WTFB ready to assist during partial government shutdown
As the government shutdown continues, local agencies like the West Texas Food Bank are stepping up to make sure they are prepared to assist additional clients.
Texas will issue February benefits to Supplemental Nutrition Assistance Program recipients earlier than usual following the federal government shutdown. The U.S. Department of Agriculture instructed states to request an early issuance of SNAP benefits for the upcoming month given uncertainty of future federal program funding.
Libby Campbell, executive director of the West Texas Food Bank, said SNAP participants will have to adjust their budgets accordingly to make sure the funds last through February. She said there is a concern that recipients might mistake the early issuance as extra funds in their account. The issuance will serve as an advanced payment for recipients and will not grant them any additional funds than what they would have received at a later date.
The decision to disburse payments in January, rather than at a staggered rate throughout the first half of February, was made to give participants an extended period of time to plan and manage their resources. SNAP recipients will see their February benefits automatically loaded onto their Lone Star Cards by Jan. 20, a Health and Human Services Commission news release stated Sunday.
Current participants do not need to take any further action unless they are in the process of renewing their benefits. People seeking renewal and new applicants are advised by HHSC to submit their verification documents as soon as possible.
“We want to assure states, and SNAP recipients, that the benefits for February will be provided,” U.S. Secretary of Agriculture Sonny Perdue said in a prepared statement. “Our motto here at USDA has been to ‘Do Right and Feed Everyone.’ With this solution, we’ve got the ‘Feed Everyone’ part handled. And I believe that the plan we’ve constructed takes care of the ‘Do Right’ part as well.”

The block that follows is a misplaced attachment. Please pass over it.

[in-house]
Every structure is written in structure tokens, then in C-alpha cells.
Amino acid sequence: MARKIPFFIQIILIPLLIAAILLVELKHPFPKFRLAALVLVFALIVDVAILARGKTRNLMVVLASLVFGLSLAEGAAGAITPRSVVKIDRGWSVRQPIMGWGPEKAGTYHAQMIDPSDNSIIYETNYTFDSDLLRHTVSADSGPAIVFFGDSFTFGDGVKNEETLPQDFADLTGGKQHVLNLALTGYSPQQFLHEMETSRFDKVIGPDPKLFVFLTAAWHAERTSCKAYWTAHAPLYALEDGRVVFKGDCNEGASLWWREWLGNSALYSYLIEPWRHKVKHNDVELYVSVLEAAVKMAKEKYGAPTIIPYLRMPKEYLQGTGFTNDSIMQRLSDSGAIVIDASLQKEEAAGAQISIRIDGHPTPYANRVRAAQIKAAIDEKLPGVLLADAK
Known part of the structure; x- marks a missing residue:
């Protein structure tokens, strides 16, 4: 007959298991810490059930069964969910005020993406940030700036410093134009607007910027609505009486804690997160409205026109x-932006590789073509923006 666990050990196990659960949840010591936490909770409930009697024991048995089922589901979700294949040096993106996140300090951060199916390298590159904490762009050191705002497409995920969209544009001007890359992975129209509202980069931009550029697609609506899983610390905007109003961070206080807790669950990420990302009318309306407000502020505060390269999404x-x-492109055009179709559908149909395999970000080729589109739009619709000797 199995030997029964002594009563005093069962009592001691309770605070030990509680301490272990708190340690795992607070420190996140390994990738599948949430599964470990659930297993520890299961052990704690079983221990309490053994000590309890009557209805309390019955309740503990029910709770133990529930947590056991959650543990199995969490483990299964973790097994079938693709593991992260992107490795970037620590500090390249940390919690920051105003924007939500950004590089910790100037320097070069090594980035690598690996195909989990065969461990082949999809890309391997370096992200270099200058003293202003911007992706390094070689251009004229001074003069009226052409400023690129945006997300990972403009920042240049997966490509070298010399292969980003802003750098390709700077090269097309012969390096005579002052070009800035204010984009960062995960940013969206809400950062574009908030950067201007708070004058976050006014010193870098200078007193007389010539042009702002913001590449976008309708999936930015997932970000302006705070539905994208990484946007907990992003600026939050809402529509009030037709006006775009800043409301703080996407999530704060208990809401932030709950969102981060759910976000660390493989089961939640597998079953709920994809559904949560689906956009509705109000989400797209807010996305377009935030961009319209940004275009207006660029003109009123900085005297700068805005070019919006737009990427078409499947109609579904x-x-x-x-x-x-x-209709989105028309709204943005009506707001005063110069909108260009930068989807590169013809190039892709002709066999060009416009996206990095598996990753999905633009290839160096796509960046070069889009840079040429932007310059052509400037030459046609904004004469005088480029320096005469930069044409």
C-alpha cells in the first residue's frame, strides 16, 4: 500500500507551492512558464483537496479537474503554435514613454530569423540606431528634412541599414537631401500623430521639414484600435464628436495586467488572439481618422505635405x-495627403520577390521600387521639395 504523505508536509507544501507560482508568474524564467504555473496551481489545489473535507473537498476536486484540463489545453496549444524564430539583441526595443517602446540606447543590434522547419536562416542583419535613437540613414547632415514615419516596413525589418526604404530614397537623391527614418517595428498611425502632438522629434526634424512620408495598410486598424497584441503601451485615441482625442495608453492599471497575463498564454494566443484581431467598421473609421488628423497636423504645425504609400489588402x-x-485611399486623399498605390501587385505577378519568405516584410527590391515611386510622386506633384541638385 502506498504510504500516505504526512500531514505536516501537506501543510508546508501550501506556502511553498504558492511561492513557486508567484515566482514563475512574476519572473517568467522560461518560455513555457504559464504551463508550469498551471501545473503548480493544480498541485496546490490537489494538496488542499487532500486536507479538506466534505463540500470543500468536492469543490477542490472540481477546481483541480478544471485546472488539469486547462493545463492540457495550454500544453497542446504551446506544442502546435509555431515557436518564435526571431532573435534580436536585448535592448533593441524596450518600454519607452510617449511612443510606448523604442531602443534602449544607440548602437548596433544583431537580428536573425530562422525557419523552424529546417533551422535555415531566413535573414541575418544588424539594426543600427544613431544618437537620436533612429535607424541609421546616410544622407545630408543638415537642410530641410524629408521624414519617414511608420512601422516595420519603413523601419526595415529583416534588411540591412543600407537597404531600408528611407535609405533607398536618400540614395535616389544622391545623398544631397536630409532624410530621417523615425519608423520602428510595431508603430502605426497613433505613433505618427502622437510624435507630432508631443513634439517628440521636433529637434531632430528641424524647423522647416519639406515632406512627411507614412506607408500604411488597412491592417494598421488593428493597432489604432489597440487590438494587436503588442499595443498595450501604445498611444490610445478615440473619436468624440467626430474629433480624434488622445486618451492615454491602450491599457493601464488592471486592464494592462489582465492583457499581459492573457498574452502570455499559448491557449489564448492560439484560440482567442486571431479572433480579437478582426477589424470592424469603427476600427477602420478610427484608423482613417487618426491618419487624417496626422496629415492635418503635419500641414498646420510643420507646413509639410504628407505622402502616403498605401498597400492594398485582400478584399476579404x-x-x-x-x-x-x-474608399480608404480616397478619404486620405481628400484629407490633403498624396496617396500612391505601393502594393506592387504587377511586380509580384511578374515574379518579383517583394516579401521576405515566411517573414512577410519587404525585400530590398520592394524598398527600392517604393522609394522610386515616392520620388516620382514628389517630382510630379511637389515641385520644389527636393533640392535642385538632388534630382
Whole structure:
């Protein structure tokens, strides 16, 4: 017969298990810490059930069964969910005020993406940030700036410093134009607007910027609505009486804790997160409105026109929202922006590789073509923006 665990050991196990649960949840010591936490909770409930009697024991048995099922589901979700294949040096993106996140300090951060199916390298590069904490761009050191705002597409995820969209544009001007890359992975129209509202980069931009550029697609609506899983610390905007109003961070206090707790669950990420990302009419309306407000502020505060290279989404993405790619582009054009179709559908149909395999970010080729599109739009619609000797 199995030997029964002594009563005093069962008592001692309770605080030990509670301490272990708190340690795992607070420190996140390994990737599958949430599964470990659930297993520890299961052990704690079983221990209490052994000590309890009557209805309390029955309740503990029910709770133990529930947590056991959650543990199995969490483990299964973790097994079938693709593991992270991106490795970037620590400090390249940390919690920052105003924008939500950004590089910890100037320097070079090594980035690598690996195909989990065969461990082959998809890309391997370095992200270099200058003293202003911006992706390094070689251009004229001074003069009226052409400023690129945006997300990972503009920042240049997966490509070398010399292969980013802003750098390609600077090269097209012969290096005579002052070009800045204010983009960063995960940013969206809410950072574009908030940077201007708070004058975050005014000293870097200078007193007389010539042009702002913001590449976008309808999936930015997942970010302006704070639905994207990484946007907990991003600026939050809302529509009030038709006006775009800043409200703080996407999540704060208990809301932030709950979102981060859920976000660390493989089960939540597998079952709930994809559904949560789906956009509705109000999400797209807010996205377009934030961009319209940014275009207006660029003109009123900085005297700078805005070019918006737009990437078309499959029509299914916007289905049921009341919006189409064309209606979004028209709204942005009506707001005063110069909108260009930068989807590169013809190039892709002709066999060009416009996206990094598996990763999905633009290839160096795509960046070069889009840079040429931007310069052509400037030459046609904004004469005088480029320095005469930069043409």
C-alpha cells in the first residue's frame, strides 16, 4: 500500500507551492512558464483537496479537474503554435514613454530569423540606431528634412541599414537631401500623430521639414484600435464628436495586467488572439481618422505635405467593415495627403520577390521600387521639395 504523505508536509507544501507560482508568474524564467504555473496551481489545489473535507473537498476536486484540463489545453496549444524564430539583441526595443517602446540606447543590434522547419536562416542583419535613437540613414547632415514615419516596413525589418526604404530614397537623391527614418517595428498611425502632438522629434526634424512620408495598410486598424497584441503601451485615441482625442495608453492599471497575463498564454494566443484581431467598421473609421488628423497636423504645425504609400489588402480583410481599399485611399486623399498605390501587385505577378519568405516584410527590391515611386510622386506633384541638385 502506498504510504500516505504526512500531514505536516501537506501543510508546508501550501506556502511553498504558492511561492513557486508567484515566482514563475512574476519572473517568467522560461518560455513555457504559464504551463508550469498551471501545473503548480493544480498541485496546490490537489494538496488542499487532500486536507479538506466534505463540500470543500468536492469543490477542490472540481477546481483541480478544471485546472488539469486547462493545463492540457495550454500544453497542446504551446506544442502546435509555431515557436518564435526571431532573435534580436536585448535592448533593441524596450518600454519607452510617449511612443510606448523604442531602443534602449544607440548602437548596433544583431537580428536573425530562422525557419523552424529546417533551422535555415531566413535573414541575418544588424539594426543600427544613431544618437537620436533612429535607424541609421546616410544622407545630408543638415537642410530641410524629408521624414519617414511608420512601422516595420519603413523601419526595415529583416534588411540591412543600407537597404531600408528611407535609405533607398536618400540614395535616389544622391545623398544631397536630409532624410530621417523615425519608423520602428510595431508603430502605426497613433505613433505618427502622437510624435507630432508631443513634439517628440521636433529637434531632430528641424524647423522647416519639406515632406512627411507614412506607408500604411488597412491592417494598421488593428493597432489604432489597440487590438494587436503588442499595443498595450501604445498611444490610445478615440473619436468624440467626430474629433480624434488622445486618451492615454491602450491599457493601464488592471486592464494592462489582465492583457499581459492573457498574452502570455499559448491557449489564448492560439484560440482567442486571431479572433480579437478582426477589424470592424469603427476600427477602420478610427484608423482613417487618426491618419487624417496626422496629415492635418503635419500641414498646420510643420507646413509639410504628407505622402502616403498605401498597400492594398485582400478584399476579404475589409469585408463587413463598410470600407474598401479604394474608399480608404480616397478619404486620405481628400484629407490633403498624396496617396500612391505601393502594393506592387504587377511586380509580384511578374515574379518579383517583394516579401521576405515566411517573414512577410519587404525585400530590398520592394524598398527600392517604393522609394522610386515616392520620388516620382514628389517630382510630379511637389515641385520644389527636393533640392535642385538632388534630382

SNAP provides food assistance to millions of eligible low-income individuals and families that are about 165 percent below the federal poverty level. Approximately 17,904 people last month received assistance from the program in Ector County, 9,984 of which are 17 years old or younger. The average December SNAP payment in Ector County was $291.
Campbell said WTFB is prepared to assist additional clients during the shutdown.
“As of this point, we’re coming off of the holidays and a successful food drive season,” she said. “We’re lucky we have food on our shelves and seem to be in a good place right now to take on extra clients.”
The WTFB plans to extend help for furloughed federal workers at the Terlingua center, Family Crisis Center of the Big Bend, by providing additional resources to families in need.
“We aren’t sure of the exact number of workers in need, but again, we are prepared to take on those clients and give them support,” she said.
The USDA is relying on the Continuing Resolution to issue the February benefits. Although the legislation expired Dec. 21, a provision allows appropriation for programs like SNAP and Child Nutrition to incur obligations for program operations within 30 days of the Continuing Resolution’s expiration.
“We can only issue benefits as long as there are federal funds available, and it’s unclear from the federal government when that will occur given the shutdown,” Carrie Williams, HHSC chief press officer, said in an email Monday.
Texas will continue to accept and process applications, but any benefits approved after federal funding runs out will be in a suspended status until states receive more information from the federal government about the shutdown’s impact on program funding, the HHSC release stated.
Campbell said agencies are doing their best and everything is a day-by-day changing situation that requires adaptability.
“We’re going to keep our head down and do what we do well, secure lots of food and work with our partner agencies within our program to feed those in need,” Campbell said. “If we have more clients in need we’ll figure it out because that’s what we do.”